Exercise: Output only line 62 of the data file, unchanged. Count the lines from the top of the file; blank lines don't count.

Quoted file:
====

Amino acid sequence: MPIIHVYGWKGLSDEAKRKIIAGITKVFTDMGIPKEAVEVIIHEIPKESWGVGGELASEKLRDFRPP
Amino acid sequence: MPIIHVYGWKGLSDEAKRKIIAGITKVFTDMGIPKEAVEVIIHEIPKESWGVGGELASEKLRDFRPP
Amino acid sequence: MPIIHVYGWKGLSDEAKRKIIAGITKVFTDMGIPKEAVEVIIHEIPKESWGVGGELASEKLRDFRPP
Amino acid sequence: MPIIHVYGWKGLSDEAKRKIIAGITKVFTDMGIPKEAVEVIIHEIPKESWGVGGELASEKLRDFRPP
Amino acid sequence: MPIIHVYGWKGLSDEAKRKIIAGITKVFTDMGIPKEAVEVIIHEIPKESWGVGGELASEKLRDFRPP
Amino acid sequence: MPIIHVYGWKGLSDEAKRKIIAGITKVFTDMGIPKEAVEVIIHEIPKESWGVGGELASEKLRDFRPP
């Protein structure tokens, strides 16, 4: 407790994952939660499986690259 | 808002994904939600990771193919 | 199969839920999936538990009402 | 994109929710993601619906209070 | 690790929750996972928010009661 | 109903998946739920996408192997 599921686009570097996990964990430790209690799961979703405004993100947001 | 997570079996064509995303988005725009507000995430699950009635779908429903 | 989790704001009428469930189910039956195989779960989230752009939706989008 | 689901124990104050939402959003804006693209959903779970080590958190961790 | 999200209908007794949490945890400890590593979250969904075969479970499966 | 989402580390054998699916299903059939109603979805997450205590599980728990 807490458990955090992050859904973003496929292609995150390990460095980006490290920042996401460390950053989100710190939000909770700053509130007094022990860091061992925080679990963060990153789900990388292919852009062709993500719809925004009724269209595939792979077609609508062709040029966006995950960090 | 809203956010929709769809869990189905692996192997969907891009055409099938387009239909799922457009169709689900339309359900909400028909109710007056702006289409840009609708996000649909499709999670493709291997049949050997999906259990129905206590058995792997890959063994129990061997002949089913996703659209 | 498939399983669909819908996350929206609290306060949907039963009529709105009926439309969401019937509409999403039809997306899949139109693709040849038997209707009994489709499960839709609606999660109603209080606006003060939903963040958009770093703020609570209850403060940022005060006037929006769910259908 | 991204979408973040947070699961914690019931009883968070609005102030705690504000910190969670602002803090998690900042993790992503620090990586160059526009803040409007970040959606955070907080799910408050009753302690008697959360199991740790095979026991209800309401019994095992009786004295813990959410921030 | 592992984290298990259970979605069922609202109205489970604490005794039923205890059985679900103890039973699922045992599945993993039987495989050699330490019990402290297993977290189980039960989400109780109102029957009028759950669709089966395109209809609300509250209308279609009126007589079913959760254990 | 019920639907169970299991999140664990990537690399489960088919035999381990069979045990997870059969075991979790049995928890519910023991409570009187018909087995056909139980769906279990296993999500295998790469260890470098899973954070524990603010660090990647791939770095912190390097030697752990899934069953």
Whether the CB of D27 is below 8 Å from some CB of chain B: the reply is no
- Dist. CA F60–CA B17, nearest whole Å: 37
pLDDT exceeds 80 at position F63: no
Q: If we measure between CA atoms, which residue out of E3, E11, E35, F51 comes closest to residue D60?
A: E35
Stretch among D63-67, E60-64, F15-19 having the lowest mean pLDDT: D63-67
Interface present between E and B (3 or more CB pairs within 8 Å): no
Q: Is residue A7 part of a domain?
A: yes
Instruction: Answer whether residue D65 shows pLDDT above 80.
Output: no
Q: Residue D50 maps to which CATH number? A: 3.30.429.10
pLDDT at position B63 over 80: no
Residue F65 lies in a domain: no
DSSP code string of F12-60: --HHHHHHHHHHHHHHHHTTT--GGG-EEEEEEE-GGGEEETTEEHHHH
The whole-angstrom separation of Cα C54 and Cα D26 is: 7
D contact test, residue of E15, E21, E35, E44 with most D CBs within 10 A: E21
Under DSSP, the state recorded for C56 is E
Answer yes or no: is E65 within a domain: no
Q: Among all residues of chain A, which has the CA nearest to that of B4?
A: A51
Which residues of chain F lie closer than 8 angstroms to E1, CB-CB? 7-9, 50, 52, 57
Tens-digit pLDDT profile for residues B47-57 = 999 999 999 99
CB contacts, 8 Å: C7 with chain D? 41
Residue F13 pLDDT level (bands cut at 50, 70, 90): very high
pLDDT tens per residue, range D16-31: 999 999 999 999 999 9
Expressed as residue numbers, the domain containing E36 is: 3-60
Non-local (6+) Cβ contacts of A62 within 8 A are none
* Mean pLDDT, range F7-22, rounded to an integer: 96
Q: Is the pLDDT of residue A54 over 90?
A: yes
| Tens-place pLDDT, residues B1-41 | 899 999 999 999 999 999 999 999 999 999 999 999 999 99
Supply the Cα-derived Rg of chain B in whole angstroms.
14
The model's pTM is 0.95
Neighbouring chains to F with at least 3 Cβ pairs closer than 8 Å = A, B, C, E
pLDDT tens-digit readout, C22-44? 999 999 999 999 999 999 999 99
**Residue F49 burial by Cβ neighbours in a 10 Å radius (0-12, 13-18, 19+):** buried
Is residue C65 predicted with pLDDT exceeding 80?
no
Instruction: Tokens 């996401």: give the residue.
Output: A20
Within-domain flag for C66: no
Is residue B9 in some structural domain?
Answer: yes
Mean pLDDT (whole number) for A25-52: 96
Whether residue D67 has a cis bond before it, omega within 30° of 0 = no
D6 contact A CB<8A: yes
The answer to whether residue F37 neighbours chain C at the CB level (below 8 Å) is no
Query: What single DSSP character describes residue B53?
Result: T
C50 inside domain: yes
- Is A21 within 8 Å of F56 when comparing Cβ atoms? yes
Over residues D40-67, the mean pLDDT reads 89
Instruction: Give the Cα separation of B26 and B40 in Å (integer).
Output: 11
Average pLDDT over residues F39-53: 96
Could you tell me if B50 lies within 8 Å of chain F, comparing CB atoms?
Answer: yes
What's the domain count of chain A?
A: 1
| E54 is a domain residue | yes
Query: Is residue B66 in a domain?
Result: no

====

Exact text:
Instruction: Give the Cα separation of B26 and B40 in Å (integer).